Not-So-Back-To-School: Returning to University and College During COVID-19Posted: Friday, September 04, 2020
By Nicole Malette, author of It's All Good (Unless It's Not): Mental Health Tips and Self-Care Strategies for Your Undergrad Years
I still get excited about the start of term. I love hearing about new programs, seeing new faces and reconnecting with friends. But, this school year looks a bit weird. For example, I won’t get to walk into lecture hall and meet students face-to-face. My commute to class will involve walking 20 feet from my bed to my desk. Planning lectures now means that I have to make sure my partner isn’t holding virtual meetings at the same time as me, in our tiny apartment (… or setting off the fire alarm with his bread making). Setting up assignments also newly involves juggling global time zones and national technology restrictions. I’m excited for this school year, but I also feel a bit apprehensive.
Maybe you’re feeling this too. With the continuing restrictions necessary under the COVID-19 pandemic, you probably won’t get to experience the freedom of moving away from home, meeting new people or having face-to-face interactions with university staff. Navigating your online courses and not having the opportunity to hang out with friends might leave you feeling isolated and frustrated this fall. However, that doesn’t mean you should throw in the towel (I’m not!). There are a lot of resources and strategies you can use to navigate some of these new challenges.
For example, many of you will be accessing your courses from different time zones. A 1:00pm class in Vancouver is a 5:00am class in Busan, South Korea. Participating in lectures or taking tests through the night is not sustainable. If you have major conflicts in your timetables or if the professor has made an online assignment only accessible at a specific time that doesn’t work for you, let them know. Instructors and professors are navigating these new online environments just like you. If you let them know about scheduling conflicts sooner, rather than later, they can do their best to accommodate you.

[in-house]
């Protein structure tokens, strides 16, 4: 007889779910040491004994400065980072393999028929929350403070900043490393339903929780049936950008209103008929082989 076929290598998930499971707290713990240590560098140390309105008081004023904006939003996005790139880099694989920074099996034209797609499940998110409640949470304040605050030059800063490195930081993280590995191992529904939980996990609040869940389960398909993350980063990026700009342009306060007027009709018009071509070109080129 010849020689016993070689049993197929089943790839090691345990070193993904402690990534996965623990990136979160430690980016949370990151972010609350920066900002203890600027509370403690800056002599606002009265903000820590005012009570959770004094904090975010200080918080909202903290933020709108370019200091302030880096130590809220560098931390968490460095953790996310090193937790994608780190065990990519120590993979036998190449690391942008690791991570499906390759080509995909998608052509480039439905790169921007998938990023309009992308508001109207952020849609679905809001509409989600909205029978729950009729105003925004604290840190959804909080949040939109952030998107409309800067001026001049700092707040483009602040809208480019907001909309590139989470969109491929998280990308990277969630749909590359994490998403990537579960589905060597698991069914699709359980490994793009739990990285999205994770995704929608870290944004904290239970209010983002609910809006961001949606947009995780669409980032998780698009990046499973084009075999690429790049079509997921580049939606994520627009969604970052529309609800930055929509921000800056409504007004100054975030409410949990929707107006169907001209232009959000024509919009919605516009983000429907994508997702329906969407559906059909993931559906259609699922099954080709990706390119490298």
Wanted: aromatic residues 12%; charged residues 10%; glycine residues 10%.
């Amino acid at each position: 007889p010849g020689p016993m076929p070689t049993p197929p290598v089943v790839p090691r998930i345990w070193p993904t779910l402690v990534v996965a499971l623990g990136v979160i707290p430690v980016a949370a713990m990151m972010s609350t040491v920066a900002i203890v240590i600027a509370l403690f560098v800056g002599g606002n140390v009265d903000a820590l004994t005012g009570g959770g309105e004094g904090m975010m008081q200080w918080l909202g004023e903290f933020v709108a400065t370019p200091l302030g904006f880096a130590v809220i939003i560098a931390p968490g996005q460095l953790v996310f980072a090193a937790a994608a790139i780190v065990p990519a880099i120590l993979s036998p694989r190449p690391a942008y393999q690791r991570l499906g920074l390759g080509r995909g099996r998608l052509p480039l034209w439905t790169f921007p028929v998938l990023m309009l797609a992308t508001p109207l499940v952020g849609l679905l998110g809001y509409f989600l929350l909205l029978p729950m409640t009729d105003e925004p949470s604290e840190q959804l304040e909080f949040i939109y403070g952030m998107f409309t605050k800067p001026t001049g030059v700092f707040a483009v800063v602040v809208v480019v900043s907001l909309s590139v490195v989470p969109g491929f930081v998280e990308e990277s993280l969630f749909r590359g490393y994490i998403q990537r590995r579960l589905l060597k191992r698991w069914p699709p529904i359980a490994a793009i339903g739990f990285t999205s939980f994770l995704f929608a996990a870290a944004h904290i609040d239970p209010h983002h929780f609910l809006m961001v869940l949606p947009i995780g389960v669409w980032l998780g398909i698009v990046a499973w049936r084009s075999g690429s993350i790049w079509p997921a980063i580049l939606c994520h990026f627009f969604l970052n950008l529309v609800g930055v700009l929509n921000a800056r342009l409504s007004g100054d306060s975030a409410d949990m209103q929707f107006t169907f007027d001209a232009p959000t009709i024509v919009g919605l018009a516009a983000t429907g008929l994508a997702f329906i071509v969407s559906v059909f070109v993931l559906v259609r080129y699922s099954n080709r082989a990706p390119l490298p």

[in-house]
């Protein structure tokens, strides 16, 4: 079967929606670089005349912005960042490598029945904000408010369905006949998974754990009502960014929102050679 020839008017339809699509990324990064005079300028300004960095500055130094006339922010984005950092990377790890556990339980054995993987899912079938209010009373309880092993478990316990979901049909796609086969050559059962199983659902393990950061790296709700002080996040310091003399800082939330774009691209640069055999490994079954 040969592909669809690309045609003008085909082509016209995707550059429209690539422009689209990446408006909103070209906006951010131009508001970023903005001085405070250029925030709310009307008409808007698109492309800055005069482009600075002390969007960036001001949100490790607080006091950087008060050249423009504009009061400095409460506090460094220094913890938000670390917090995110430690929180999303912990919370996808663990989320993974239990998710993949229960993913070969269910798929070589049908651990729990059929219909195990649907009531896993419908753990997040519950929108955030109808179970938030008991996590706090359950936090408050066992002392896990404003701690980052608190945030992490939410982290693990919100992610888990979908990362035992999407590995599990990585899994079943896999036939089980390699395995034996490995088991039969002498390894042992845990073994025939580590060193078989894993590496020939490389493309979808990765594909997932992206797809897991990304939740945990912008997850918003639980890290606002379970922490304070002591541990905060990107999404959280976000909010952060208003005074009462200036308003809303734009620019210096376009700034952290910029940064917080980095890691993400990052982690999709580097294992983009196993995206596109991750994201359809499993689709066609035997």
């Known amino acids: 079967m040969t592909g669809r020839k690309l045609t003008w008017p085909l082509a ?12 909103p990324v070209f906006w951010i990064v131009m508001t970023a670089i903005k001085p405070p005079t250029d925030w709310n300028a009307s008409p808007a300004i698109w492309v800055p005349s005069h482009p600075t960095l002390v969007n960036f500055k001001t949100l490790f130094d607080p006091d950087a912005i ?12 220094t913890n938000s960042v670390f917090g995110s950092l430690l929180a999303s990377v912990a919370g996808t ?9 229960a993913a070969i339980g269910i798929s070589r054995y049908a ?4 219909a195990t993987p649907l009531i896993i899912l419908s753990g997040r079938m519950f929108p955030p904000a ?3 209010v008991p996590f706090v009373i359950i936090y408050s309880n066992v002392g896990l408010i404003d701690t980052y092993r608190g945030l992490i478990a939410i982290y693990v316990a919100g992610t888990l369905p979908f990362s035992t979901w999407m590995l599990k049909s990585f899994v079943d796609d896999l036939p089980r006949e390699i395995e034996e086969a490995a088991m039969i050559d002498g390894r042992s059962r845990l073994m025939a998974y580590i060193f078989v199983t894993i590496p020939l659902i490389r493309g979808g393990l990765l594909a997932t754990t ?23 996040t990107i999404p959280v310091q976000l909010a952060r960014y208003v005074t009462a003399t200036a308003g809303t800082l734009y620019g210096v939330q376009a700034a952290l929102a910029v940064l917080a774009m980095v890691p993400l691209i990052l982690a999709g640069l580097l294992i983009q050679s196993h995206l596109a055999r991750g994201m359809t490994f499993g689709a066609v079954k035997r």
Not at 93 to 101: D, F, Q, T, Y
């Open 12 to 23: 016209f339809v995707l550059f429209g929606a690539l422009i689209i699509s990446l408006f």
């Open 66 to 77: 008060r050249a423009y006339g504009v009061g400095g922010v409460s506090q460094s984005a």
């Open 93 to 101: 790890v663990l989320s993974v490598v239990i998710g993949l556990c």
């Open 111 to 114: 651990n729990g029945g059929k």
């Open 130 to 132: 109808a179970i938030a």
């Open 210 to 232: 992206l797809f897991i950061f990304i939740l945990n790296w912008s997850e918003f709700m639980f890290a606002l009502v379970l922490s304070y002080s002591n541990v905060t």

In addition to navigating new online courses, working remotely might leave you feeling disconnected from campus life. If you’re not feeling connected to your instructors or teaching assistants, try taking part in their virtual office hours or by sending them an email. You don’t need to be experiencing an academic problem to reach out. Letting instructors/teaching assistants know about a reading you enjoyed or a connection you made between course everyday life is a great way to start building relationships and feel more academically connected.
If you’re feeling disconnected to your peers on campus there are also some steps you can take to build those relationships. During the first week of classes the UBC Alma Mater Society (AMS) is holding a number of virtual and in-person events to help you get to know other students. For example, in addition to virtual Imagine Day on September 8th, they are also hosting a virtual improve night on September 15th, a comedy night on September 17th, and an online meditation session on September 21st. If you live in Vancouver and want to attend one of their safe outdoor gatherings, they are also hosting an outdoor yoga on September 14th at Maccines Field.
Another way you can try to keep up with campus-based social life is by joining on-campus clubs remotely. Many of the usual student clubs are hosting online events. If you're having trouble connecting with others of similar interests, while you're stuck at home, this can be a good way to meet new people. If you also want connect more with people in your courses, try taking part in online discussions (if they are made available by your instructor). If your instructor did not create an online discussion platform for your course, try reaching out to them and asking if you can make a study group with other students from the class. Most instructors will be happy to work with you to connect with others in the course.
Lastly, I think it is important for us to all have some compassion for ourselves. Learning how to do new things and meet new people takes time and energy (and sometimes a few mistakes). It’s unlikely that you’ll roll into your courses and (someday) onto campus without experiencing some challenges. And this year might be more difficult than others. But, just like rings of a tree, these challenges make up who we are and how we face future problems. Recognize that and give yourself some space to grow. And if you can’t manage all of these problems on your own, don’t be afraid to ask for help when you need it. There are people in your life and on campus who care about you and are ready to help (even if they don’t know who they are yet).
Nicole Malette is an instructor and PhD candidate in the Department of Sociology at the University of British Columbia. She is the author of It's All Good (Unless It's Not): Mental Health Tips and Self-Care Strategies for Your Undergrad Years, available now in print and open access PDF.
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